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What’s the outlook for the labor market in the months ahead?


Now that students are returning to the classroom around the country and more employers are announcing return-to-work plans, businesses can expect somewhat of an easing of the tight labor market as the economy moves into its recovery phase, according to a webinar on Tuesday hosted by Wells Fargo.

Mark Vitner, a managing director and senior economist for Wells Fargo’s Corporate and Investment Bank, was joined by Sarah House, a director and senior economist with Wells Fargo who follows the labor market, inflation trends and business investment. They titled their presentation “Back to School, Back to Work. Back to Normal?”

The pandemic recession was a much different recession than in 2008, so expect a somewhat unusual recovery, the economists said.

“One of the things unusual about this recession is how quickly [gross domestic product] has recovered,” Vitner said. The economy is already back in the expansion phase, and in the next few quarters GDP will probably return to pre-pandemic levels, he said.

Several factors that were holding back labor market participation will soon be changing, they noted. Among them is the upcoming end in early September to the additional $300 federal unemployment payments that some states are still paying out.  

Under the CARES Act, all states provided 13 additional weeks of federally funded Pandemic Emergency Unemployment Assistance benefits to people who exhausted their regular state benefits, followed by additional weeks of federally funded benefits in states with high unemployment. Under that federal legislation, some workers who exhausted their benefits and many others who lost their jobs for reasons arising from the pandemic but who were not normally eligible for unemployment payments were eligible for federally funded Pandemic Unemployment Assistance. Successive legislation, most recently the American Rescue Plan Act, extended the availability of PUA and PEUC through the week ending Sept. 6.

Vitner believes that the additional pandemic unemployment payments were the largest contributor to reduced workforce participation among lower-wage workers. Gov. Kim Reynolds opted to stop accepting the federal money for issuance to Iowa workers in mid-June this year.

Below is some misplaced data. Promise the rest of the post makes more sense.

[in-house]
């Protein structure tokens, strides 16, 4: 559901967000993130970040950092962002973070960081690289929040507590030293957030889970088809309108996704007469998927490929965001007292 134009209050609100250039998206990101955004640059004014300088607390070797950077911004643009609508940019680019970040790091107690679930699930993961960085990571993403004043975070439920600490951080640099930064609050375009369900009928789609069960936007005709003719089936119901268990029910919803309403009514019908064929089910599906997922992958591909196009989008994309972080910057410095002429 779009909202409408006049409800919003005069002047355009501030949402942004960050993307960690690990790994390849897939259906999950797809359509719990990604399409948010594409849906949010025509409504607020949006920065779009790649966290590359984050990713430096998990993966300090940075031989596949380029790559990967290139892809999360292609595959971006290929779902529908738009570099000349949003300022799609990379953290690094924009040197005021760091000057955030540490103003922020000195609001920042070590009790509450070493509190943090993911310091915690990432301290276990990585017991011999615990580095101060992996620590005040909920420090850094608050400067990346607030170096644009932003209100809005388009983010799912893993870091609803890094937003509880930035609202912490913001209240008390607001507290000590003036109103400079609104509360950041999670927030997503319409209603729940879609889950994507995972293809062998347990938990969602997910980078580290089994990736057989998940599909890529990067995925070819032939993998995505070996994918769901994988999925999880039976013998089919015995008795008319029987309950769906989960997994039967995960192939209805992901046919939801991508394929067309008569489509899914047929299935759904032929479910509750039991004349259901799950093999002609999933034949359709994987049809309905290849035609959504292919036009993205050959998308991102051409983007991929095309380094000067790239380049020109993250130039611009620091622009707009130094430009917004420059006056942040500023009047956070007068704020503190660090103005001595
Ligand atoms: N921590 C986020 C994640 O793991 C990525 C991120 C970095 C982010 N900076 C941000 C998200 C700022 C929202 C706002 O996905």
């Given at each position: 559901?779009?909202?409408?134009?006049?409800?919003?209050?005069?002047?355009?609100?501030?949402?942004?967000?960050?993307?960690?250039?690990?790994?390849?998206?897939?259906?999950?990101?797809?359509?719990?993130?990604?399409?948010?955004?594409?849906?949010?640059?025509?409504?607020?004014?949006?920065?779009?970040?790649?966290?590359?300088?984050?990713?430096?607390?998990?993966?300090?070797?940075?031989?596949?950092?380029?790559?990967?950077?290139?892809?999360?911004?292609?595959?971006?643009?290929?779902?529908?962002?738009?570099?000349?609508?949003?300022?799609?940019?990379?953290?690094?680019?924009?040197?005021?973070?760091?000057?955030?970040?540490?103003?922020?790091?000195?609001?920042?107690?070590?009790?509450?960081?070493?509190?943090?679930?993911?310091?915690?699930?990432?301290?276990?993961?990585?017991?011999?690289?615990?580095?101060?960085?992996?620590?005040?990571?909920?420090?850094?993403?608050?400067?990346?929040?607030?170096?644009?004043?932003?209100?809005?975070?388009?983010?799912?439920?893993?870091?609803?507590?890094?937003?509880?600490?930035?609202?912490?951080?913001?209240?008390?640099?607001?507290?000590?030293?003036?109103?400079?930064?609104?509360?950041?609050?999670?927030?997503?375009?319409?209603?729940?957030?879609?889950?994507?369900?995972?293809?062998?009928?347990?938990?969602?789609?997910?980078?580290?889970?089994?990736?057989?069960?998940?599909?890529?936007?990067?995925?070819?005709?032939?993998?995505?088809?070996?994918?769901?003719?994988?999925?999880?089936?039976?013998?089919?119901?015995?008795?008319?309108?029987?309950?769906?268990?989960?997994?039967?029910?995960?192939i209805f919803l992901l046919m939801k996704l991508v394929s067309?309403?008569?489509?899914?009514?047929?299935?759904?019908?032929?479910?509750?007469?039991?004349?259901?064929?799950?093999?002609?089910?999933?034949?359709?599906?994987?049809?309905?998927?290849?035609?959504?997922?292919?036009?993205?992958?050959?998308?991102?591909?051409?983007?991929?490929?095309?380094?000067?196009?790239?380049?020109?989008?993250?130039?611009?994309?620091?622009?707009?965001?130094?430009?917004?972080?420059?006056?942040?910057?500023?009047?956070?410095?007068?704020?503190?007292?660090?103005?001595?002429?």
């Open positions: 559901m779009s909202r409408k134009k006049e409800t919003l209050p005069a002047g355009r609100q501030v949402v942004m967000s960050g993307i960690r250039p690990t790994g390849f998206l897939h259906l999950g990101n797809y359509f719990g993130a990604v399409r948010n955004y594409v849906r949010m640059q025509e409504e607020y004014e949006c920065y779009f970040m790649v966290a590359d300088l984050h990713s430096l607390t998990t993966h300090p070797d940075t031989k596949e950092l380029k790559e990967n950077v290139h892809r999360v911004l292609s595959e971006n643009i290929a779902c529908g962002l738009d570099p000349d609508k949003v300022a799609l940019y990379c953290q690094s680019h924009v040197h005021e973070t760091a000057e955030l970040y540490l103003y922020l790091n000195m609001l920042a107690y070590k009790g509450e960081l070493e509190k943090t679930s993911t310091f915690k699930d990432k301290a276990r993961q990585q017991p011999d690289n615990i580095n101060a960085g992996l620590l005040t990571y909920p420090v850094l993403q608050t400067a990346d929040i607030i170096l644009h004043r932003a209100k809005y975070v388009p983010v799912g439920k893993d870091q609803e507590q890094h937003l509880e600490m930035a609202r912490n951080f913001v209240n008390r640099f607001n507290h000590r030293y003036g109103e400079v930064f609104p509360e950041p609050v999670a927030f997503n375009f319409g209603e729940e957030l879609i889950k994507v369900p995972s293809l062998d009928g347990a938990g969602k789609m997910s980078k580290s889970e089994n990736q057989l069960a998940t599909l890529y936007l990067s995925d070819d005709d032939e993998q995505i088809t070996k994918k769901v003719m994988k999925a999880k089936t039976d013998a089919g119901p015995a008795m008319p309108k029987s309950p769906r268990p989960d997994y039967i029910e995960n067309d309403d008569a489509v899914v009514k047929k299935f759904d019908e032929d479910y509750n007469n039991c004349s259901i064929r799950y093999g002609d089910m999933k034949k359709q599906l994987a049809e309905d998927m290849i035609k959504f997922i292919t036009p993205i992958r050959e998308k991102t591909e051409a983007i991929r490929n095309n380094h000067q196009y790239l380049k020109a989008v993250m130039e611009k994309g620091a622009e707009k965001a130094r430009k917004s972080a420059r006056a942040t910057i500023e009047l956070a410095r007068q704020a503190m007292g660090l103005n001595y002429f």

States with relatively low unemployment rates tended to see the greatest negative impact on labor force participation from the additional $300 per month payments, Vitner said. “Because workers feel there is no rush [to get back into the labor market], they can take their time because they have so many opportunities.”

Another factor this fall that should benefit labor market participation is a move back to the office by many companies. Although some businesses are now postponing return-to-office plans due to the delta variant of the coronavirus, “my sense is that firms are going to bring people back in October and aren’t going to wait longer than that,” Vitner said.

While a rebound in employment occurred fairly quickly following the initial COVID surge last year, the U.S. is now in a tougher phase of the recovery, the economists said. The reason: Now most people who are out of work are adjusting from permanent, rather than temporary, job losses. The time lag in retraining for new positions in many situations will contribute to a slower overall recovery.

The pandemic’s effect on labor force participation nationwide was much more pronounced for women, House said, in large part because they most often have the caretaking role and often have a job with secondary income. An estimated 1.1 million women left the workforce as a result, she said. A contributing headwind has been that child-care center employment is still down 11% compared to pre-pandemic levels.

“As the school year begins, there seems to be a bigger priority by parents to get their kids back in the classrooms,” House said. At the same time, the surge in COVID cases may cause some parents to delay reentering the workforce until they’re certain that their kids will be back to school to stay without further lockdowns.

Wages are also seeing upward pressure, as restaurant and hospitality chains are competing with retailers and online sellers offering warehouse and delivery positions with higher pay, which to some extent is also affecting manufacturers’ ability to attract workers.

Overall, some of the factors that had been constraining the labor market are easing, “so we’re expecting labor force participation to increase pretty handily in the next six months,” House said.

Wage growth should also cool off as some of the fevered pace of hiring begins to ease when labor supply and demand becomes more balanced, she said. In all, it should be a “relatively quick recovery” with the return of essentially all of the 22 million jobs lost within three years of the pandemic’s onset.

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